You’ve likely been there, facing down a nagging task and continually finding a reason to put it off. “You want to get this stuff done, and yet when the moment of truth—the time of action—comes, it’s thought that perhaps tomorrow would be a better day,” says Piers Steel, the Brookfield Management research chair at the University of Calgary’s Haskayne School of Business. The word “procrastination,” after all, comes from the Latin procrastinus, referring to something “belonging to tomorrow.”
While many people have first-hand experience with procrastination, there are differences in our delay tactics. Steel and three co-authors recently examined those differences in a paper published in the academic journal Personality and Individual Differences. Their research offers insights into tactics leaders can use to motivate employees and create a stronger work culture.
Let’s go back to that aforementioned nagging task. Some would put off starting the job, an approach the researchers call “onset delay.” Others will procrastinate after they’ve begun, as they try to stay on track and meet the goal. The study refers to this as a delay related to “sustained goal striving.” Steel, who is also the author of The Procrastination Equation: How to Stop Putting Things Off and Start Getting Stuff Done, explains the distinction in another way: Do you exert your energy at the beginning of the task or later on?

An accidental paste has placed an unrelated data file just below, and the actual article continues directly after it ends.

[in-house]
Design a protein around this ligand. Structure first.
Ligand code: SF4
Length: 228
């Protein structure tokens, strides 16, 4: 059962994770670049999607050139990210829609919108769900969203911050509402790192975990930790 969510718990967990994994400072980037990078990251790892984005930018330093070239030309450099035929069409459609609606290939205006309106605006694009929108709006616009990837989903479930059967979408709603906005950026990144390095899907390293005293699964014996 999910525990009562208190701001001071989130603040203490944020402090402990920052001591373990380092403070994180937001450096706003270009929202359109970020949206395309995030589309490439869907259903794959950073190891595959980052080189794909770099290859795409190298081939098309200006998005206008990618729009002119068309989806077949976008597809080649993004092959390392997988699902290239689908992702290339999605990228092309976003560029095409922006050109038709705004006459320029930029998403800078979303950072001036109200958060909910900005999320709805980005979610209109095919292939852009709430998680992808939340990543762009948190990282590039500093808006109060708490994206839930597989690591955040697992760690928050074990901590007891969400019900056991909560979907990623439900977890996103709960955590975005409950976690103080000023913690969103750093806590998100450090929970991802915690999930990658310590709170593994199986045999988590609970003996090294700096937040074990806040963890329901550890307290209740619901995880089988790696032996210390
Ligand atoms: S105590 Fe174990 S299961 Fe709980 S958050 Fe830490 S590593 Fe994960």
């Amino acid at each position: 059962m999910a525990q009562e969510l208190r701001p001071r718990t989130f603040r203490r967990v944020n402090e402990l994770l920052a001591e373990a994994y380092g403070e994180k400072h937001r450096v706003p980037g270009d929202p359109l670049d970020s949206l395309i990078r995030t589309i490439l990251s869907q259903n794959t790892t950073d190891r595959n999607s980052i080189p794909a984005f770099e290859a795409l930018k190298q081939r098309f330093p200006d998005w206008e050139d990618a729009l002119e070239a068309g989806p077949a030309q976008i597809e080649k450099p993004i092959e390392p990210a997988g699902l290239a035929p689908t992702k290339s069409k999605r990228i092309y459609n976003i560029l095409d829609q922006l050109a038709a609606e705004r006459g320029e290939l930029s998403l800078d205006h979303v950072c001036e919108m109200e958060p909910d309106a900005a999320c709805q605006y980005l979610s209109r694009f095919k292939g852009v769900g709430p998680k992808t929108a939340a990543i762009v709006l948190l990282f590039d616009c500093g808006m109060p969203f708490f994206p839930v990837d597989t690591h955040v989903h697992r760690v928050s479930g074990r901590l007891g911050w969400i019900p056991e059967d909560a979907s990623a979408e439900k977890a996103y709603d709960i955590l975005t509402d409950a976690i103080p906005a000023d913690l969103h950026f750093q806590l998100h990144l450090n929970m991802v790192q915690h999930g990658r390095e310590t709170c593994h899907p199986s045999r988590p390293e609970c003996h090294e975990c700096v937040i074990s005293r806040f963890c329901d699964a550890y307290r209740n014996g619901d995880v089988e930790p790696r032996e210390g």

Using two studies involving high school and university students in Norway, Steel and his co-authors separated these types of procrastination. Participants used a five-point scale to evaluate whether they agreed with various statements related to onset delay (“Even after I make a decision, I delay acting upon it,” for example) and sustained goal striving delay (“When working on a task, I find myself browsing and reading irrelevant sites”).
The researchers found that onset delay seems to be the better indicator of people who are prone to procrastination generally, although they note delays in goal striving are more difficult to monitor, report and measure. Both types of procrastination narrow the available time for a task to be completed, which can lead to stress and suboptimal work performance.